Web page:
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  1. #1
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    Question Unanswered: How to Change Oracle 10g Server Name

    We want to rebuild an Oracle Database 10.2.0.3 database server on separate hardware that has a different machine name, DNS name, and IP address so that both machines can be on the network at the same time. Eventually, the old hardware will be turned off, and the new hardware will need to assume the machine name, DNS name, and IP address of the old hardware. Ive been told that Oracle has a script that can change the server name information, but I have not been able to locate it.

    Questions:

    Can someone identify the download location of that script?

    Does anything else need fixed that the script does not fix?

  2. #2
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    Your question & solution are all Operating System related & have nothing to do with Oracle.
    How can we give OS commands when you decided we did not need to know OS name or version?
    You can lead some folks to knowledge, but you can not make them think.
    The average person thinks he's above average!
    For most folks, they don't know, what they don't know.
    Good judgement comes from experience. Experience comes from bad judgement.

  3. #3
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    Quote Originally Posted by anacedent
    Your question & solution are all Operating System related & have nothing to do with Oracle.
    How can we give OS commands when you decided we did not need to know OS name or version?
    Thanks for your response, but I think you misunderstood my question. We are running Solaris 10, but I don't think my question centers on the Operating System.

    During database creation, Oracle automatically "hardcodes" the server name in a number of dbconsole properties files (for example, emoms.properties, emd.properties, and targets.xml). I am wondering if Oracle hardcodes the server name elsewhere too.

    Does an Oracle script exist that can sweep through the Oracle directories and update the server name in the various configuration files?

  4. #4
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    >Thanks for your response, but I think you misunderstood my question.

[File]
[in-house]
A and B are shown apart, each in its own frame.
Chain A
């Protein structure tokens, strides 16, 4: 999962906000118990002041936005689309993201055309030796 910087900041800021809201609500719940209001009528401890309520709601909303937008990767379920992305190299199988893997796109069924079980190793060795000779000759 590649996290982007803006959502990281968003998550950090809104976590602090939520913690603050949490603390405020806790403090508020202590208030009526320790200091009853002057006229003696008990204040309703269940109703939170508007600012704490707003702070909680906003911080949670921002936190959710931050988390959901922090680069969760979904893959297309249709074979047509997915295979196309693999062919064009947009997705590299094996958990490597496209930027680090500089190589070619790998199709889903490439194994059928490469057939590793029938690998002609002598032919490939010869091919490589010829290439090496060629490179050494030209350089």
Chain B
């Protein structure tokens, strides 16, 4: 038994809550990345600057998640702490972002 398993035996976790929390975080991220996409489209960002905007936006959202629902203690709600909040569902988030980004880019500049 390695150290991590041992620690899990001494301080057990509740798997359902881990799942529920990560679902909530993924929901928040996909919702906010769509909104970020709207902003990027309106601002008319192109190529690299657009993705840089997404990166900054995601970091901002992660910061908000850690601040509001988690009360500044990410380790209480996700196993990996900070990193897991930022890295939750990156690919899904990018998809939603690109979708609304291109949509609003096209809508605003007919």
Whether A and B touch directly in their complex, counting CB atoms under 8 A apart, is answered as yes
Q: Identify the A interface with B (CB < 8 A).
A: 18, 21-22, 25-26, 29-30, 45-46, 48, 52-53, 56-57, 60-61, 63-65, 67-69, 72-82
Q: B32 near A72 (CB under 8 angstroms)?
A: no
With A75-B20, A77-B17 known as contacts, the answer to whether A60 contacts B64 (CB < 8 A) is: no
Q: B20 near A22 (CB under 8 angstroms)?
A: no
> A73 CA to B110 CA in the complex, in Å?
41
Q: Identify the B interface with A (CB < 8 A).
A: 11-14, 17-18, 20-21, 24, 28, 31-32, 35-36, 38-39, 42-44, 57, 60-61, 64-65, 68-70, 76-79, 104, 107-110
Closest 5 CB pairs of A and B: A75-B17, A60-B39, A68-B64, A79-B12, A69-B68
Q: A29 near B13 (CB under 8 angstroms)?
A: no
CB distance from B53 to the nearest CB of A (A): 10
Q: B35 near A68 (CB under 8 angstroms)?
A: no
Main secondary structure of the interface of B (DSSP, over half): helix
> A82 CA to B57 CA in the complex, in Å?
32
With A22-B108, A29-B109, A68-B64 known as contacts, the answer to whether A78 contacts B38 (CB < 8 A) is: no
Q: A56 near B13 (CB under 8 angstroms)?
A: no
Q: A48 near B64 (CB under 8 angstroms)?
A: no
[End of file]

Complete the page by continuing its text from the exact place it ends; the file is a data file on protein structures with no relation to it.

Yes, I "misunderstood" you were concerned about dbconsole in your first post since it is now intuitively obvious dbconsole is/was your primary concern.

    Please realize that a host can respond "alias" host name.

    Enjoy!
    You can lead some folks to knowledge, but you can not make them think.
    The average person thinks he's above average!
    For most folks, they don't know, what they don't know.
    Good judgement comes from experience. Experience comes from bad judgement.

  5. #5
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    Can anyone else respond? anacedent and I are not communicating very well, and I do not want to start a flame war.

    I am concerned about any aspect of Oracle (not necessarily just dbconsole) that may not respond well to a new server name. I'm sure other sites have renamed servers before. I'm just interested in how other folks have done this successfully. What gotchas am I likely to find? How can I work around them?

  6. #6
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    Quote Originally Posted by shew01
    We want to rebuild an Oracle Database 10.2.0.3 database server on separate hardware that has a different machine name, DNS name, and IP address so that both machines can be on the network at the same time. Eventually, the old hardware will be turned off, and the new hardware will need to assume the machine name, DNS name, and IP address of the old hardware. Ive been told that Oracle has a script that can change the server name information, but I have not been able to locate it.

    Questions:

    Can someone identify the download location of that script?

    Does anything else need fixed that the script does not fix?
    If I am not wrong you want clone your Database to different server right?
    If yes : you must be create a new control file for new server

    please read : Oracle DBA Quick Guide - Clone an Oracle database using a cold backup

    If No : I did not understand.

  7. #7
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    Oops! Maybe I'm just explaining this wrong... Let me try again. Sorry for the confusion. :-~

    We currently have SERVER_A with a database db1 on it. As time permits, we are slowly building SERVER_B to look like SERVER_A on Solaris 10. At some point we will go “live” with SERVER_B and retire SERVER_A, meaning that we want SERVER_B to “become” SERVER_A, including server name, DNS name, and IP address. In order to do that, we plan to:

    1) Install Oracle Database 10.2.0.1 and patch to 10.2.0.3 on SERVER_B (note that Oracle hardcodes "SERVER_B" in some of its dbconsole configuration files and possibly other files)
    2) Restore a db1 backup from SERVER_A to SERVER_B with RMAN
    3) Physically turn off SERVER_A
    4) Reassign the old SERVER_A IP address to SERVER_B
    5) Rename SERVER_B to SERVER_A
    6) Verify that DNS works properly

    At this point, the "new" SERVER_A will have "SERVER_B" hardcoded in:

    1) listener.ora
    2) tnsnames.ora
    3) Possibly sqlnet.ora
    4) Some of the dbconsole configuration files (i.e., emoms.properties, emd.properties, and targets.xml)
    5) Possibly in other places of which I am unaware

    Does this list include all the objects that need to be changed in order to rename SERVER_B to SERVER_A?
    Last edited by shew01; 06-08-09 at 16:14.

  8. #8
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    Never confuse movement with progress.
    Going around in circle is movement, but some/many/most folks do not consider it to be progress.

    Please step back & cogitate on the following.
    I contend the only change that is required is to tnsnames.ora at time of switchover.

    The way I have done it many times in the past is to have both PROD & PROD_NEW alias in tnsnames.ora; which allows access & testing of new system while old (PROD) continues to run.

    At the moment of switch over you either switch alias names or switch hostname for the pair.
    SQL*Net does everying via tnsnames & the alias within.
    Nobody really cares about hostname or IP#, as long as SQL*Net connect to desired host.